But rewind 22 years to a time when baseball was far from the "Jeterian Era." The young 18-year-old out of Kalamazoo, Mich. struck out five times and went 0-for-7 in his first game for the Gulf Coast Yankees. As the seasons progressed, management grew frustrated with the "scrawny" kid who couldn't field, and George Steinbrenner agreed to a trade for shortstop Félix Fermín that would have sent a young man from Panama, named Mariano Rivera, to the Seattle Mariners.
He would have regretted that decision, and that's a near-guarantee.
Following Robertson's blown save, a 24-year-old Venezuelan named José Pirela makes his way to the plate. Jeter, in the hole, unquestionably knows the possibilities that lay ahead if Pirela makes it on base.
He reaches on a single.
It's rare to find a man who can encompass so much of what a game stands for. There was the 10-year, $189 million contract prior to the 2001 slate that not only put Jeter amongst the richest men in sports, but made him the certified face of Major League Baseball. By that stage, the now-26-year-old had won four World Series rings, a World Series Most Valuable Player Award and the same honor for the MLB All-Star Game. He was surrounded by some of the most talented men to ever play the game as one cohesive unit, but he was the anchor.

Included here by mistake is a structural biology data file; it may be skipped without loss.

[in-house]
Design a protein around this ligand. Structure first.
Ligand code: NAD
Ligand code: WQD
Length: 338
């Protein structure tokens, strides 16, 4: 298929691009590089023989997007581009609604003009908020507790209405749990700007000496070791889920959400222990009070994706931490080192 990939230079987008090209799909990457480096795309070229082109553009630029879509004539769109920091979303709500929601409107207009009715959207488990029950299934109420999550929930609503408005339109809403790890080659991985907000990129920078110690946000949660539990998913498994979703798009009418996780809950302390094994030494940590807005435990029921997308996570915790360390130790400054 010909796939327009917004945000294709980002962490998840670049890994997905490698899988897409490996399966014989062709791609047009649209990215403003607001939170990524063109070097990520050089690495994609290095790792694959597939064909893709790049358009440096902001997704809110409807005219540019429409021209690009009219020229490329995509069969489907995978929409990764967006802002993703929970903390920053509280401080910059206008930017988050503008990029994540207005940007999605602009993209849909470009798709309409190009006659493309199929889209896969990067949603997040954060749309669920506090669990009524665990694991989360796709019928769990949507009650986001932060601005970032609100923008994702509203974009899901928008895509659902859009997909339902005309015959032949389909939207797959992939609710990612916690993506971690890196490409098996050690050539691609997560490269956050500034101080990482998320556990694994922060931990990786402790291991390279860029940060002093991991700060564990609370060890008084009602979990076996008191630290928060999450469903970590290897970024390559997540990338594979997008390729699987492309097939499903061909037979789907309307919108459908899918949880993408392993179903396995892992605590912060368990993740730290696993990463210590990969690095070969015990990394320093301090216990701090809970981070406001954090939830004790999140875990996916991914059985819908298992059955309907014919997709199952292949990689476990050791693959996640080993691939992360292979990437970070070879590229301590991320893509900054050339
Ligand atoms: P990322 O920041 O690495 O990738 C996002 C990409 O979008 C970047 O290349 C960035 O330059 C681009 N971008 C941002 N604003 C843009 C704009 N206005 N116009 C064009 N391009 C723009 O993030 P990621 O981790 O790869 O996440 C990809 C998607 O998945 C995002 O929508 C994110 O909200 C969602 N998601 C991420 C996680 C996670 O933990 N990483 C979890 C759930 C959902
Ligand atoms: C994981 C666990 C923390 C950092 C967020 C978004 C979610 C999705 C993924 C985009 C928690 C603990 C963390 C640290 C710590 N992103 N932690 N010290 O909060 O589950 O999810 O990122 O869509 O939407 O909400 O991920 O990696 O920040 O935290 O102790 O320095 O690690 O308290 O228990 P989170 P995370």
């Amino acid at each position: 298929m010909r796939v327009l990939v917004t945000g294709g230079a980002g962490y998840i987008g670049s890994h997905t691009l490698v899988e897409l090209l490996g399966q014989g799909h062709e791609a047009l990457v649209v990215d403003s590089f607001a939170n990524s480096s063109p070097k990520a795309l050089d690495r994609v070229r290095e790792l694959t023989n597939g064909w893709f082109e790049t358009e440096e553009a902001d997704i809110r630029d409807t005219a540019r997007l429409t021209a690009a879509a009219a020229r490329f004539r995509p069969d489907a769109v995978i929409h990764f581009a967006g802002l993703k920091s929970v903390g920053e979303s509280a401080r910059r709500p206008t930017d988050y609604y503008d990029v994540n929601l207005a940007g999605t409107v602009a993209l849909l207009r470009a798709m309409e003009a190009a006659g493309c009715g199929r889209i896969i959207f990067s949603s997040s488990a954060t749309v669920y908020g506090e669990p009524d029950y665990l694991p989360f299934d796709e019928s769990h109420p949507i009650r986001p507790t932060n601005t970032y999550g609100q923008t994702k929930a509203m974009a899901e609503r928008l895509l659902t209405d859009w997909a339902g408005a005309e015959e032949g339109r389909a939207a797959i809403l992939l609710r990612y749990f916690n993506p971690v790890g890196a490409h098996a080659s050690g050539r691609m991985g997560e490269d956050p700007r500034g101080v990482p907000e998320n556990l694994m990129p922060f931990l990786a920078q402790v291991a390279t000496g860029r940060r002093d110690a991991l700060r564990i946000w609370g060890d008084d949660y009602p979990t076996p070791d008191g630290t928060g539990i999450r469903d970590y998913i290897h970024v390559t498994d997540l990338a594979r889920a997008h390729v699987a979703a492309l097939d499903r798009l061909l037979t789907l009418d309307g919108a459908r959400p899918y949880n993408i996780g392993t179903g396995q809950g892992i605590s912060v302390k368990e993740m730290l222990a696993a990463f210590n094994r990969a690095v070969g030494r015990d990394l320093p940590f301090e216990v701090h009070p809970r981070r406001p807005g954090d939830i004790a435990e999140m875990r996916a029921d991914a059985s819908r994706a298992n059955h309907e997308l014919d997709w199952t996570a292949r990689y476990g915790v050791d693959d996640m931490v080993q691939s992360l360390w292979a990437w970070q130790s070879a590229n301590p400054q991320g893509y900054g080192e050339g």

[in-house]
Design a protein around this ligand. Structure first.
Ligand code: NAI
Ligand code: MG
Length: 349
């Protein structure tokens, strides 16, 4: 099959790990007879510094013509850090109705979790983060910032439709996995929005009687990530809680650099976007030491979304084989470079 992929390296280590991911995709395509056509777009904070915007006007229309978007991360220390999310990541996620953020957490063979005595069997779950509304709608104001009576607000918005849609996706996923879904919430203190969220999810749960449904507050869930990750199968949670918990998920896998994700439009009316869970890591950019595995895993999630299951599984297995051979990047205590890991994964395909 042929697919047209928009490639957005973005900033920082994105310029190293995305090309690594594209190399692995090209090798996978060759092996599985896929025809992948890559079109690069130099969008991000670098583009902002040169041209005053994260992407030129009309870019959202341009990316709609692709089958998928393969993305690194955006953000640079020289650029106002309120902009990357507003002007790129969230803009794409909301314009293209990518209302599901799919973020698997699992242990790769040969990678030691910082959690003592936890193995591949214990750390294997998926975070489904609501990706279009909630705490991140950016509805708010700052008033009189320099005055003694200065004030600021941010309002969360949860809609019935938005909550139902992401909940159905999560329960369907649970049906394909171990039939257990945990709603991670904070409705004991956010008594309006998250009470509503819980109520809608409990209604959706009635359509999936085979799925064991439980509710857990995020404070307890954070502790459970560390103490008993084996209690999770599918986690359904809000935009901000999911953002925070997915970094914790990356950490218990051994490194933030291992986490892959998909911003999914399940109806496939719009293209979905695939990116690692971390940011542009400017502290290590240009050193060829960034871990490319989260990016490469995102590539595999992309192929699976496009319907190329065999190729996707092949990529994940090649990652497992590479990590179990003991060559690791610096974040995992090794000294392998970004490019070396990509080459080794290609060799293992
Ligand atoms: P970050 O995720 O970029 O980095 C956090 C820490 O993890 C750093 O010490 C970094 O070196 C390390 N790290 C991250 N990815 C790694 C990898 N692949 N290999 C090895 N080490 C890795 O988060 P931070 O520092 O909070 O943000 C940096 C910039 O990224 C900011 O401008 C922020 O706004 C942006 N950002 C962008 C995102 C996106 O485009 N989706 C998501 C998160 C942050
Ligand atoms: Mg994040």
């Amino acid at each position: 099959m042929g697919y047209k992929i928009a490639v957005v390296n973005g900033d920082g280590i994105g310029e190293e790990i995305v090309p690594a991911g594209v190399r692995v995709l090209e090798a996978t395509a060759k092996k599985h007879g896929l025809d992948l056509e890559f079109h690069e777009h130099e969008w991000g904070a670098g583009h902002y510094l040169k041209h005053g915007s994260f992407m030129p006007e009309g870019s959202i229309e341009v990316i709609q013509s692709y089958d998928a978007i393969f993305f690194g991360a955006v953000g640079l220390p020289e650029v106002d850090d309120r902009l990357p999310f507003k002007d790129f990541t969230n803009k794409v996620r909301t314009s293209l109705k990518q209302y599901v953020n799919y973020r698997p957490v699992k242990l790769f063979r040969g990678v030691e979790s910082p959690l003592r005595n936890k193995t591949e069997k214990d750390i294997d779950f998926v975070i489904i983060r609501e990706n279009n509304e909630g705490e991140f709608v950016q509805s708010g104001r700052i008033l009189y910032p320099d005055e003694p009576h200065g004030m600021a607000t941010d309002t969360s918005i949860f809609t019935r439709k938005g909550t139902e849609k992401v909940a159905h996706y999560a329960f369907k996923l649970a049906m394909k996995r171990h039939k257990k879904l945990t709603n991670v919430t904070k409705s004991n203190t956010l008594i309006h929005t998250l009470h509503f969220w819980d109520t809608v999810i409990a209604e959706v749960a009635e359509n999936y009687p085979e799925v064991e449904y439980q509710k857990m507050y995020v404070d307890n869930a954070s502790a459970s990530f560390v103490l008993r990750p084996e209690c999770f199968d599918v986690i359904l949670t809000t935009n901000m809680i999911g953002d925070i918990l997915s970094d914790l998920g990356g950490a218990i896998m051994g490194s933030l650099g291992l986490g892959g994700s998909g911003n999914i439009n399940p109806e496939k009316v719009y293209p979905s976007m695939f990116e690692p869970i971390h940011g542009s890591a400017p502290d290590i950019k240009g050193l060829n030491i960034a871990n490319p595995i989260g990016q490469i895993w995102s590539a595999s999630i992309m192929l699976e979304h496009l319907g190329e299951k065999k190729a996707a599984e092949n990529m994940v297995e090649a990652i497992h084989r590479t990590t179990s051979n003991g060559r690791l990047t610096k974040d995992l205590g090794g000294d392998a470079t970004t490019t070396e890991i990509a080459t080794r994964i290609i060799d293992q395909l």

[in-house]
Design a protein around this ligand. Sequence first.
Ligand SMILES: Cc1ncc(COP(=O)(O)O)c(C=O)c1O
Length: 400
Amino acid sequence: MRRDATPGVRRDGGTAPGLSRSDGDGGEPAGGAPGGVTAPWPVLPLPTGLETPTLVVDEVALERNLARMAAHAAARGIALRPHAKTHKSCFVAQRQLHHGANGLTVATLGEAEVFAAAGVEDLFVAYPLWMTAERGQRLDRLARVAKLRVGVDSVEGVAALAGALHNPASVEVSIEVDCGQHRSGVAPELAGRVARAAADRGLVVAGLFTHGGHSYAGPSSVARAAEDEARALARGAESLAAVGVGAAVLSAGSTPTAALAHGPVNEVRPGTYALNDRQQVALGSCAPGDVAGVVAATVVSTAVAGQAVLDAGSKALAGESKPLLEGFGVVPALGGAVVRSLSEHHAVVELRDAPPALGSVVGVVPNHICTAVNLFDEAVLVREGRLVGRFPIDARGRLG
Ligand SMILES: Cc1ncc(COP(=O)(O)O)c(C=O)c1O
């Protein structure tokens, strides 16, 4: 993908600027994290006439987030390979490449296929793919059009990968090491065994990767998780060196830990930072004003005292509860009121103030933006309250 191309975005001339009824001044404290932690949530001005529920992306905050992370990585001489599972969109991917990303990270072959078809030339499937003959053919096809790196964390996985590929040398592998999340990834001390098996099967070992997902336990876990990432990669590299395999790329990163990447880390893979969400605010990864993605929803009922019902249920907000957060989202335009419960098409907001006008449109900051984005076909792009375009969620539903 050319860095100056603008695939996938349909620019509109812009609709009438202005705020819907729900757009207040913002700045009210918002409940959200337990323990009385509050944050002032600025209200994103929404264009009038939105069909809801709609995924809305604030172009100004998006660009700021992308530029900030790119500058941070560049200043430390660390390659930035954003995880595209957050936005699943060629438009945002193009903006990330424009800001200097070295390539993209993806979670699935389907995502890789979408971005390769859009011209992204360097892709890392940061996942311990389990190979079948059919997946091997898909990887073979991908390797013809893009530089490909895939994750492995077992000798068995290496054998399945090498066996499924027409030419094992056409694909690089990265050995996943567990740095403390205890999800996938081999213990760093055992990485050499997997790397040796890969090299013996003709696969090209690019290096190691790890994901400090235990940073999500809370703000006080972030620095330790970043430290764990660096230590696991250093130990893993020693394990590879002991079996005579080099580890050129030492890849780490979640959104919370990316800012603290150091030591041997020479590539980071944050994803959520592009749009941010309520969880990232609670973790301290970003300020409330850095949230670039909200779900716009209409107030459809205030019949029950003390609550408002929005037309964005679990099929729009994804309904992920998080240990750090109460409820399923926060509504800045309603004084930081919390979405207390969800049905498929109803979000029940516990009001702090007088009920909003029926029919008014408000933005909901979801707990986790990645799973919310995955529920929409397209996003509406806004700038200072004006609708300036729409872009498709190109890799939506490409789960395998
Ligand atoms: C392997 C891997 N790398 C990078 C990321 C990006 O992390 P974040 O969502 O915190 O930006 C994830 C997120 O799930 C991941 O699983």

At this point, for Jeter, it was not a matter of if he would win another championship. It was a near-guarantee.
Antoan Richardson, a man Yankees color commentator Ken Singleton describes as "the next Homer Bush" (an allusion to a key part of the best team Jeter ever played for), runs for Pirela. The 40-year-old steps into the on-deck circle, as one of the best bunters in the American League, Brett Gardner, tries to turn what seems to be a fantasy into reality.